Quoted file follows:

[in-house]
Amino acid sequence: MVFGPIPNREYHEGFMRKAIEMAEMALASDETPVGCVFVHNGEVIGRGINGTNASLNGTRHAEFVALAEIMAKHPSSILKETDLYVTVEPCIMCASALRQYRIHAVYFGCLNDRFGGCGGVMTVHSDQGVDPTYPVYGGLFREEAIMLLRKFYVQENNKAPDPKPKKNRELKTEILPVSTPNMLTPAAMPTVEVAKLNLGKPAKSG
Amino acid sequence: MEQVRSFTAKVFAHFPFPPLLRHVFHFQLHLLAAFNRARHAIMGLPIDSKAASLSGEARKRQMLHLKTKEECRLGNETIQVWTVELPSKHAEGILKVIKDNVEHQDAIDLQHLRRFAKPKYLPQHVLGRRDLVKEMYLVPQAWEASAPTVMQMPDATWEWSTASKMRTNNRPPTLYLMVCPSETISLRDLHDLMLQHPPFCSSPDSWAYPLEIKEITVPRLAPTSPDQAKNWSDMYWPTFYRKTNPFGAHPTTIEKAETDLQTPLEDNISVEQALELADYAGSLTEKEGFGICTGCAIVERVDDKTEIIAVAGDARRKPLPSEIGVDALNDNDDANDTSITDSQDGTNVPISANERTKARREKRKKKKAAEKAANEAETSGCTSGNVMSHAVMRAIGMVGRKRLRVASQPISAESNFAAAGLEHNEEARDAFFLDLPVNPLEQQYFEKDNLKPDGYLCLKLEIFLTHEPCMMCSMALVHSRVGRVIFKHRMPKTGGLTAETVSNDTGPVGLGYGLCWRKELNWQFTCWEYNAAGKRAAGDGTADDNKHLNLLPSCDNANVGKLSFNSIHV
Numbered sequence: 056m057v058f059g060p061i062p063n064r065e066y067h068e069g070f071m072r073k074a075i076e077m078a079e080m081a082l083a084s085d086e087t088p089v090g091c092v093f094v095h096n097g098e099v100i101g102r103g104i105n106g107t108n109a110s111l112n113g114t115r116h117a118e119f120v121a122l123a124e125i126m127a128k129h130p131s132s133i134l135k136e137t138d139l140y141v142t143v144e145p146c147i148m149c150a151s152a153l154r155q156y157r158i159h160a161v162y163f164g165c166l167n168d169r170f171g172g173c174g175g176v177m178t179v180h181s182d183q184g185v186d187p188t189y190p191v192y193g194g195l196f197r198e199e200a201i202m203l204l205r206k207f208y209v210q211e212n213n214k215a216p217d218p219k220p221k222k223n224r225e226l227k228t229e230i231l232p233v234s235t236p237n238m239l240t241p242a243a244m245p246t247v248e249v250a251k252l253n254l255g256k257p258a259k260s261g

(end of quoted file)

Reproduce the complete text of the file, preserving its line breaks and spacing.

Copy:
[in-house]
Amino acid sequence: MVFGPIPNREYHEGFMRKAIEMAEMALASDETPVGCVFVHNGEVIGRGINGTNASLNGTRHAEFVALAEIMAKHPSSILKETDLYVTVEPCIMCASALRQYRIHAVYFGCLNDRFGGCGGVMTVHSDQGVDPTYPVYGGLFREEAIMLLRKFYVQENNKAPDPKPKKNRELKTEILPVSTPNMLTPAAMPTVEVAKLNLGKPAKSG
Amino acid sequence: MEQVRSFTAKVFAHFPFPPLLRHVFHFQLHLLAAFNRARHAIMGLPIDSKAASLSGEARKRQMLHLKTKEECRLGNETIQVWTVELPSKHAEGILKVIKDNVEHQDAIDLQHLRRFAKPKYLPQHVLGRRDLVKEMYLVPQAWEASAPTVMQMPDATWEWSTASKMRTNNRPPTLYLMVCPSETISLRDLHDLMLQHPPFCSSPDSWAYPLEIKEITVPRLAPTSPDQAKNWSDMYWPTFYRKTNPFGAHPTTIEKAETDLQTPLEDNISVEQALELADYAGSLTEKEGFGICTGCAIVERVDDKTEIIAVAGDARRKPLPSEIGVDALNDNDDANDTSITDSQDGTNVPISANERTKARREKRKKKKAAEKAANEAETSGCTSGNVMSHAVMRAIGMVGRKRLRVASQPISAESNFAAAGLEHNEEARDAFFLDLPVNPLEQQYFEKDNLKPDGYLCLKLEIFLTHEPCMMCSMALVHSRVGRVIFKHRMPKTGGLTAETVSNDTGPVGLGYGLCWRKELNWQFTCWEYNAAGKRAAGDGTADDNKHLNLLPSCDNANVGKLSFNSIHV
Numbered sequence: 056m057v058f059g060p061i062p063n064r065e066y067h068e069g070f071m072r073k074a075i076e077m078a079e080m081a082l083a084s085d086e087t088p089v090g091c092v093f094v095h096n097g098e099v100i101g102r103g104i105n106g107t108n109a110s111l112n113g114t115r116h117a118e119f120v121a122l123a124e125i126m127a128k129h130p131s132s133i134l135k136e137t138d139l140y141v142t143v144e145p146c147i148m149c150a151s152a153l154r155q156y157r158i159h160a161v162y163f164g165c166l167n168d169r170f171g172g173c174g175g176v177m178t179v180h181s182d183q184g185v186d187p188t189y190p191v192y193g194g195l196f197r198e199e200a201i202m203l204l205r206k207f208y209v210q211e212n213n214k215a216p217d218p219k220p221k222k223n224r225e226l227k228t229e230i231l232p233v234s235t236p237n238m239l240t241p242a243a244m245p246t247v248e249v250a251k252l253n254l255g256k257p258a259k260s261g